Jump to content
  • Welcome to the eG Forums, a service of the eGullet Society for Culinary Arts & Letters. The Society is a 501(c)3 not-for-profit organization dedicated to the advancement of the culinary arts. These advertising-free forums are provided free of charge through donations from Society members. Anyone may read the forums, but to post you must create an account.

Cineris

Chinese sizzling beef

Recommended Posts

11 minutes ago, huiray said:

 

Thanks for the response. I would suspect they are more likely to be in the direction of Cantonese or southern Chinese, anyway...rather than Szechuanese, and your comment about the overall menu seems to suggest that.

 

No Shaohsing wine...OK, try some dry sherry (NOT my "best substitute recommendation", but it is in the generalized desired direction), or try some sake...

 

Ordered some shaoxing wine on amazon, but it takes a heck of a long time to get it delivered here. End of may. Sherry and sake is just too expensive in Norway to buy for one dish. I'll wait. 

Share this post


Link to post
Share on other sites

maybe you could simply ask the restaurant what the ingredients are...maybe a white lie that you have food allergies would help!

 

Share this post


Link to post
Share on other sites

My son's best friend's father is a Chinese master chef. In place of rice wine or sherry, he often uses a splash of gin. Says it's his "secret ingredient."

 

Yes, I realize it seems farther afield at first thought but it might be cheaper and easier to source there (one of my favorite gins is Norweigan). If so, wouldn't hurt to try it. 


Edited by Jaymes (log)

Share this post


Link to post
Share on other sites
8 minutes ago, Jaymes said:

My son's best friend's father is a Chinese master chef. In place of rice wine or sherry, he often uses a splash of gin. Says it's his "secret ingredient."

 

Yes, I realize it seems farther afield at first thought but it might be cheaper and easier to source there (one of my favorite gins is Norweigan). If so, wouldn't hurt to try it. 

 

Gin is damned expensive in China (most people have no idea what it is) and I can't see it being cheaper than rice wine anywhere else. Also, I can't see how it could possibly substitute for Shaoxing wine. Totally different taste.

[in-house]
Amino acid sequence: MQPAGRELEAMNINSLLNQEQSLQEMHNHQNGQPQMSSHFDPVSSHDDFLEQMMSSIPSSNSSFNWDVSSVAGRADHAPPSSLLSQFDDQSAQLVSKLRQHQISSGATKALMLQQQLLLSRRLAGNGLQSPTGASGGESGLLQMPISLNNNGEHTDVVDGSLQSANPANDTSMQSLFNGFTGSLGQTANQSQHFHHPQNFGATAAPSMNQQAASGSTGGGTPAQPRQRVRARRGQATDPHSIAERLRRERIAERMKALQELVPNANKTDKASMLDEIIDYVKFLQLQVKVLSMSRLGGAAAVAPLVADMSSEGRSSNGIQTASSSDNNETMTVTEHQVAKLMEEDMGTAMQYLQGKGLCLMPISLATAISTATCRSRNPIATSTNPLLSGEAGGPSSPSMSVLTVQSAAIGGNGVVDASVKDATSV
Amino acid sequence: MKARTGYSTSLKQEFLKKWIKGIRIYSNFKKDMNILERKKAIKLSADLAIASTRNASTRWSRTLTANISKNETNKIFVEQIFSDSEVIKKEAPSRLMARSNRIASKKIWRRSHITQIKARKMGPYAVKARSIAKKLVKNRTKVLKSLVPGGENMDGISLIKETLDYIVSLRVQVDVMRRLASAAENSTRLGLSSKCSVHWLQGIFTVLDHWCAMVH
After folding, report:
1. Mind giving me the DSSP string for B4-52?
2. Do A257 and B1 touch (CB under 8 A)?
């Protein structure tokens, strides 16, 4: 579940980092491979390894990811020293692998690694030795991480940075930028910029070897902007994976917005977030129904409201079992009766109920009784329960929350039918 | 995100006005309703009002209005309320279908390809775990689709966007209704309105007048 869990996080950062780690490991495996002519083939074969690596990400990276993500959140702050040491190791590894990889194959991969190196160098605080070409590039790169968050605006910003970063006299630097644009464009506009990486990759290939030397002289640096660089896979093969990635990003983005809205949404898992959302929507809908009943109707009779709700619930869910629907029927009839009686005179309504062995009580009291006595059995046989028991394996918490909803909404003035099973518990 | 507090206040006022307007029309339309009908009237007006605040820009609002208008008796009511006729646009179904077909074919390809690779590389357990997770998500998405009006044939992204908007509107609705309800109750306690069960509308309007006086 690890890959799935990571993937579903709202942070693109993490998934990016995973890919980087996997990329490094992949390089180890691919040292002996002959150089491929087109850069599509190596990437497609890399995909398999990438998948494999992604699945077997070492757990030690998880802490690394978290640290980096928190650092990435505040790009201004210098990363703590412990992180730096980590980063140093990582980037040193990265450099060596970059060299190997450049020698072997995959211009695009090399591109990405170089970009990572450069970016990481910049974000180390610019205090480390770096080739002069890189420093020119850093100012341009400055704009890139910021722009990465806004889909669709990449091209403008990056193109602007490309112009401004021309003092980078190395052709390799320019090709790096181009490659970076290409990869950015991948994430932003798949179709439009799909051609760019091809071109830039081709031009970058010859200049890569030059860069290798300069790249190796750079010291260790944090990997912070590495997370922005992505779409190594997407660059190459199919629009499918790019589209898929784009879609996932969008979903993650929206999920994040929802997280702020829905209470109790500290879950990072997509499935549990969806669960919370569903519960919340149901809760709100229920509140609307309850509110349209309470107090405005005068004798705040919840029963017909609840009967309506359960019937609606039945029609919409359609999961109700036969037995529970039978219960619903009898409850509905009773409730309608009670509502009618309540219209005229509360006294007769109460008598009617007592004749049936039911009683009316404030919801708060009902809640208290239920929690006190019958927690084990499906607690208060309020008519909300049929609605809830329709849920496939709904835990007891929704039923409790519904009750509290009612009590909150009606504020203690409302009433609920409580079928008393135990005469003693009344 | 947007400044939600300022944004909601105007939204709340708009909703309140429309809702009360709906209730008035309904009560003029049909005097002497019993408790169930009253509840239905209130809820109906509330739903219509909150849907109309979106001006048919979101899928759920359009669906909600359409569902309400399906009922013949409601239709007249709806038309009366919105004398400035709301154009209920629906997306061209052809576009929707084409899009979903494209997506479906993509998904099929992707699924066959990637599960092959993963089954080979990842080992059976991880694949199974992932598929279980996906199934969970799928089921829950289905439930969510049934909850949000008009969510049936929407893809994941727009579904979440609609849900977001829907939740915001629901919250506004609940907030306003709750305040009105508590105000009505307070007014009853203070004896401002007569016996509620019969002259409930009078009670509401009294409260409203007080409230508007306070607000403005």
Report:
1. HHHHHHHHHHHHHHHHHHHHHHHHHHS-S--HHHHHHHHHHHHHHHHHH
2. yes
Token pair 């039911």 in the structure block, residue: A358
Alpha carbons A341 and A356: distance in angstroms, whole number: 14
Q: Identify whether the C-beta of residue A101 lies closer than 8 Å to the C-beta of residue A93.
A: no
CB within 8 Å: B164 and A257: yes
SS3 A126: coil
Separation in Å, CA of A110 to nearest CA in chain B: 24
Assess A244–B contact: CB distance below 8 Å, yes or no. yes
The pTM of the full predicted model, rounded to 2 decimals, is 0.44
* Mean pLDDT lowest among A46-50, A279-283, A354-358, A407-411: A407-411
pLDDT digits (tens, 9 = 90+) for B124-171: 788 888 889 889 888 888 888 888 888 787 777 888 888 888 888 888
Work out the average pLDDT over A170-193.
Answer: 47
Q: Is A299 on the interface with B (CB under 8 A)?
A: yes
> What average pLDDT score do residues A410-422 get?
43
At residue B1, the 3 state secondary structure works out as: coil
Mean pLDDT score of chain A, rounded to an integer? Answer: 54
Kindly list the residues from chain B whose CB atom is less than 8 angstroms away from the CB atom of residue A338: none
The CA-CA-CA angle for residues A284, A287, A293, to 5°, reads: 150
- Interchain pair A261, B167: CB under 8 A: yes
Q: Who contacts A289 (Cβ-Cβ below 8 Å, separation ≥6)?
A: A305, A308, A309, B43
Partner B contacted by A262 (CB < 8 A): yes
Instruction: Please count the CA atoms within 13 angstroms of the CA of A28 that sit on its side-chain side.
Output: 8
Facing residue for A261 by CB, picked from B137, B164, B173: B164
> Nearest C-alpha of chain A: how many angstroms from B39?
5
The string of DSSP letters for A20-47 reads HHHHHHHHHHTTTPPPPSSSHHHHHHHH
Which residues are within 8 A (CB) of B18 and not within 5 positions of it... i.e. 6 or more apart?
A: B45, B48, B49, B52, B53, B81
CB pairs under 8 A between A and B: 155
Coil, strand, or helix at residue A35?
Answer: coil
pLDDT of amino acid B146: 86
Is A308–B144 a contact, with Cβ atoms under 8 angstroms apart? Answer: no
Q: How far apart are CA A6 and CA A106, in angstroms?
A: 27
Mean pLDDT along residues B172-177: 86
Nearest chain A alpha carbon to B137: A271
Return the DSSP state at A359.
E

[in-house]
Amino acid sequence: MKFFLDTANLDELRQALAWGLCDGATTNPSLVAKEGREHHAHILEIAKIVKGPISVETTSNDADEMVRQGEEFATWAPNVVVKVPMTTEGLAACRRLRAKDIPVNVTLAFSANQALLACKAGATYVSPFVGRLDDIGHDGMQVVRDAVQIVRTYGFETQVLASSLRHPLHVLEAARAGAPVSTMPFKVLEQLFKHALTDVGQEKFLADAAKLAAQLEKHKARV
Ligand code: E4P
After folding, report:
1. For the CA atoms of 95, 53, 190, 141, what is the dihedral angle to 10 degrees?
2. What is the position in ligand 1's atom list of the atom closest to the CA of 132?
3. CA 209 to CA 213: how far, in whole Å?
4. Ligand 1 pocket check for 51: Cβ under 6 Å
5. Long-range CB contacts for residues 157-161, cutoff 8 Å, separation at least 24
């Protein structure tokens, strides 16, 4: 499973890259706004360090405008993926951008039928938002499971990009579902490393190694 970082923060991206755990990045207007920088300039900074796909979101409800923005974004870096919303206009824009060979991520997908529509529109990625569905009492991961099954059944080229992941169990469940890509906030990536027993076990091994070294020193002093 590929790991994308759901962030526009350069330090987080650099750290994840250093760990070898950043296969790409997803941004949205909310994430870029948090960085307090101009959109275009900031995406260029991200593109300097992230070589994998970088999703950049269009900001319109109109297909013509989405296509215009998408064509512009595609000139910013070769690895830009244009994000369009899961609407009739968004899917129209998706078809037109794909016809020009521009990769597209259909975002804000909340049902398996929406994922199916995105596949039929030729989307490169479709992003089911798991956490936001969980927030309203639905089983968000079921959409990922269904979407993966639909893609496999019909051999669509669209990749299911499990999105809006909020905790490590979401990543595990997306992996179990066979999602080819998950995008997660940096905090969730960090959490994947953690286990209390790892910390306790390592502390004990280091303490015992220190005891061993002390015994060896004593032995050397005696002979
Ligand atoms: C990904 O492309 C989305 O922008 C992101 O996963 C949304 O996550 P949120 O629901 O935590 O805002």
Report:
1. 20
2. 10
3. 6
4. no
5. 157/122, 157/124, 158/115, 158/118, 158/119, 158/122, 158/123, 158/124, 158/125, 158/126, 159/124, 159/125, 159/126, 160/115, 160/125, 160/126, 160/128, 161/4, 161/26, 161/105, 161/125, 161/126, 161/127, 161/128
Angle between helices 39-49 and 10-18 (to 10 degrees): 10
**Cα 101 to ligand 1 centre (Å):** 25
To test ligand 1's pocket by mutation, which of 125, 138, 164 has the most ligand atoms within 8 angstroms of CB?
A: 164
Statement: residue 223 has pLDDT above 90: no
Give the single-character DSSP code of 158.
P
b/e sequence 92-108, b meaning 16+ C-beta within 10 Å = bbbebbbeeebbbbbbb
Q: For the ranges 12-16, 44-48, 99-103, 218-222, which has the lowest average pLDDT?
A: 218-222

I'd stake everything on the OP's restaurant not using gin!


Edited by liuzhou (log)

Share this post


Link to post
Share on other sites
28 minutes ago, liuzhou said:

 

Gin is damned expensive in China (most people have no idea what it is) and I can't see it being cheaper than rice wine anywhere else. Also, I can't see how it could possibly substitute for Shaoxing wine. Totally different taste.

I'd stake everything on the OP's restaurant not using gin!

 

I agree the restaurant isn't using gin, and that gin isn't Chinese  (however, neither is sherry, is it? an oft-suggested substitute). But the op seems to indicate that imported alcohol is almost prohibitively expensive in Norway. Gin is distilled right there. So suggested might be interesting to try a splash or two.

 

My Chinese master chef friend was sold in the 40's as a small boy from a poor family somewhere in central China to a wealthy Chinese family that owned restaurants in Hong Kong & Singapore back in the days when Britannia ruled the seas. There was a lot of gin around. Eventually the family that had "adopted" him began the trek to the US, at one point owning at least a dozen Chinese restaurants in California, Colorado and Missouri.

 

However, if you reread my post, at no time did I indicate in any way that I thought gin might be what the restaurant was using. Just more of a "if it's cheaper there, why not give it a try just for grins."


Edited by Jaymes (log)
  • Like 1

Share this post


Link to post
Share on other sites
12 minutes ago, Jaymes said:

However, if you reread my post, at no time did I indicate in any way that I thought gin might be what the restaurant was using. Just more of a "if it's cheaper there, why not give it a try just for grins."

 

And I just meant to say that I doubt that there is anywhere on the planet where gin is cheaper than rice wine. Or that it would be a normal substitute (and I've always considered sherry an only vaguely acceptable substitute.)

But your story of your son's friend's father is interesting if somewhat sad, but all too typical. Still.